Landfill of the Rising Sun
Mount Fuji, an imposing, symmetrical volcano just west of Tokyo most often depicted with a cap of snow, has long stood as a symbol of national pride for the people of Japan. But it also represents a downside of the country's high population density and rampant consumerism, as the mountain's lower slopes are girdled with decades of illegally dumped C&D debris, old office furniture, appliances and residential trash.
In 1998, the Fujisan Club was formed to address the problem and to help improve Fuji's chances of being named World Heritage site by the United Nations. The group has grown to 1,100 members, who organize regular clean-ups. Between March 2006 and March 2007, the group collected 187,000 pounds of trash. Group members say it's hard to tell exactly how much trash there is, as much of it is buried under leaves and topsoil. Cameras, patrols and steeper fines have helped discourage dumpers, but environmentalist and mountaineer Ken Noguchi, who works with the club, says his countrymen must learn to reduce the waste they produce overall.
A new public service campaign, which seeks to link littering to wrathful incursions by Godzilla and Mothra, has yielded mixed results.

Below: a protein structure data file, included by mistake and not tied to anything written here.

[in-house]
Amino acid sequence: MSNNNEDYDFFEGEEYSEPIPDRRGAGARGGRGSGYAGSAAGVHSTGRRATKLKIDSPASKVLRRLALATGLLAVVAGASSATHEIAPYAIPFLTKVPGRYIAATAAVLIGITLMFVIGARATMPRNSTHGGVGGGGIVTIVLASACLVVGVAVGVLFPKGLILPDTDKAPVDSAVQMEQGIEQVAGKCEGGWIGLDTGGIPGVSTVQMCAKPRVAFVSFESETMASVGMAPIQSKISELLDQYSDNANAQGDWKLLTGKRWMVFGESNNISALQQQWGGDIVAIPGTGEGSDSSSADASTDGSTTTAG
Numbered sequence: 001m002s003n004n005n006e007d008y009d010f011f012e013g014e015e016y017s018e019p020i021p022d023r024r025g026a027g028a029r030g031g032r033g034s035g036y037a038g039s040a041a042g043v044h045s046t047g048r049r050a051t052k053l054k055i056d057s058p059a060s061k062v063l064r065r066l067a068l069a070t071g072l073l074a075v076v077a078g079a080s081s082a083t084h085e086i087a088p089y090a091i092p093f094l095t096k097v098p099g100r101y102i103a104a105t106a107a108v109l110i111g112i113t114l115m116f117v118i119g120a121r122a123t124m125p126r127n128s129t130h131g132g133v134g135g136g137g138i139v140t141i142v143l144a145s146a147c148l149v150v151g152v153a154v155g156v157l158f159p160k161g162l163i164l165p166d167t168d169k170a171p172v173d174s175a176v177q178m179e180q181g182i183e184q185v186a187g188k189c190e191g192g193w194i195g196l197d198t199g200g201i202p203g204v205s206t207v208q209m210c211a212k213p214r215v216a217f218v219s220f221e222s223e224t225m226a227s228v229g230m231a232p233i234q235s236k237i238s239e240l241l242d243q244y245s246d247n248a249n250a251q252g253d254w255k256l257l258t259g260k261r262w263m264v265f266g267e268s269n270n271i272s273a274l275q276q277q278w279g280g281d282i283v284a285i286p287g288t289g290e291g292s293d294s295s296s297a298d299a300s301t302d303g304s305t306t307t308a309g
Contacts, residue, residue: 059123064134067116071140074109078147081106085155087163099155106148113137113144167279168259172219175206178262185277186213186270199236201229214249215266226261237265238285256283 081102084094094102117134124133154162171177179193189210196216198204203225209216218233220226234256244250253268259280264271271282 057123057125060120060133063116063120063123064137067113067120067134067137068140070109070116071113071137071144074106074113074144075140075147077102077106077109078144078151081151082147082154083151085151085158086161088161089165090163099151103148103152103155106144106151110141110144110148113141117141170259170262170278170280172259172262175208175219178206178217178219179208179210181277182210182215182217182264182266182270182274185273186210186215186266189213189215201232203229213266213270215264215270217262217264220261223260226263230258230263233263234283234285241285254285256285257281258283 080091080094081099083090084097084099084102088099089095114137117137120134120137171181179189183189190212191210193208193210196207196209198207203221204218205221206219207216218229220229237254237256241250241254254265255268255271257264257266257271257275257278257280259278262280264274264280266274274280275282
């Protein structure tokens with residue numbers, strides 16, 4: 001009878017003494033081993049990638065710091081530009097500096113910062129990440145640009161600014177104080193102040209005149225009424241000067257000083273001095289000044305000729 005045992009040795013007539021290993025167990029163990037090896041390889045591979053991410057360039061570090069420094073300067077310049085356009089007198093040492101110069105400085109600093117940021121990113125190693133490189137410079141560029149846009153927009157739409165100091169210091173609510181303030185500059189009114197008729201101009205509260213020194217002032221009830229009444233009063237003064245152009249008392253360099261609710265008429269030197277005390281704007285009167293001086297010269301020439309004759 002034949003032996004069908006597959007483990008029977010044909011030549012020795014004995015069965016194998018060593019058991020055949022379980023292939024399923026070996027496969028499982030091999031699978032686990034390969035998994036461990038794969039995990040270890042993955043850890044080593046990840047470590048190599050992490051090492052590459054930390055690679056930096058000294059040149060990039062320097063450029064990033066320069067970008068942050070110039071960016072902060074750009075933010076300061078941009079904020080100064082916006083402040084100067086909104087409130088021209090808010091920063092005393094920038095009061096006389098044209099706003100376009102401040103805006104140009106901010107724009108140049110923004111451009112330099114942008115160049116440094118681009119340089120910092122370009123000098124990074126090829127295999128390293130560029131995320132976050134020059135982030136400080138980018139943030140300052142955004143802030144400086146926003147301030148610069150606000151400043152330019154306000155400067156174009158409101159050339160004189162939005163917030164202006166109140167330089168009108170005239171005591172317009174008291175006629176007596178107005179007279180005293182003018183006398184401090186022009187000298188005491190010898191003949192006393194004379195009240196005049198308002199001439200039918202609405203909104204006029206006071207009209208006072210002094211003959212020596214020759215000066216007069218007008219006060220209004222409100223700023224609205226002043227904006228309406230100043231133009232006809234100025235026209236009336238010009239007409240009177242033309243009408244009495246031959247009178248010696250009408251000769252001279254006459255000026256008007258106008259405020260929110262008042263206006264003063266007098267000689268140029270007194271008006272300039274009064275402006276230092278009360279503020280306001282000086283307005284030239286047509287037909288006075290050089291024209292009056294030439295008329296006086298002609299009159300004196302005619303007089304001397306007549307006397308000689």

Trashing the Void
Somewhere, a yeti is crying. At 8,850 meters (29,035 feet) Mount Everest, which straddles the border between Tibet and Nepal, is the tallest mountain in the world. As such, it has long presented an irresistible challenge to ambitious mountaineers. In their fervor to scale the peak, few climbers bother to port out the trash they brought with them. As a result, the slopes are littered with used containers, spent oxygen tanks, discarded camping and climbing gear, food waste and other remnants of expeditions past.
Since the first successful ascent in 1953 by Edmund Hillary and Tenzing Norgay, nearly 2,000 people have successfully climbed Everest, while 202 have died in the attempt. Given the perilous nature of the exercise, it's understandable that proper waste disposal falls pretty low on the list of priorities.
Nevertheless, Japan's Ken Noguchi — yes, that Ken Noguchi — says it is important to keep the mountain clean. Over the course of several expeditions, he and other concerned climbers have brought down 8.8 metric tons of trash, including 1,000 pounds found during their most recent trip. Sadly, few recyclers currently accept crampons.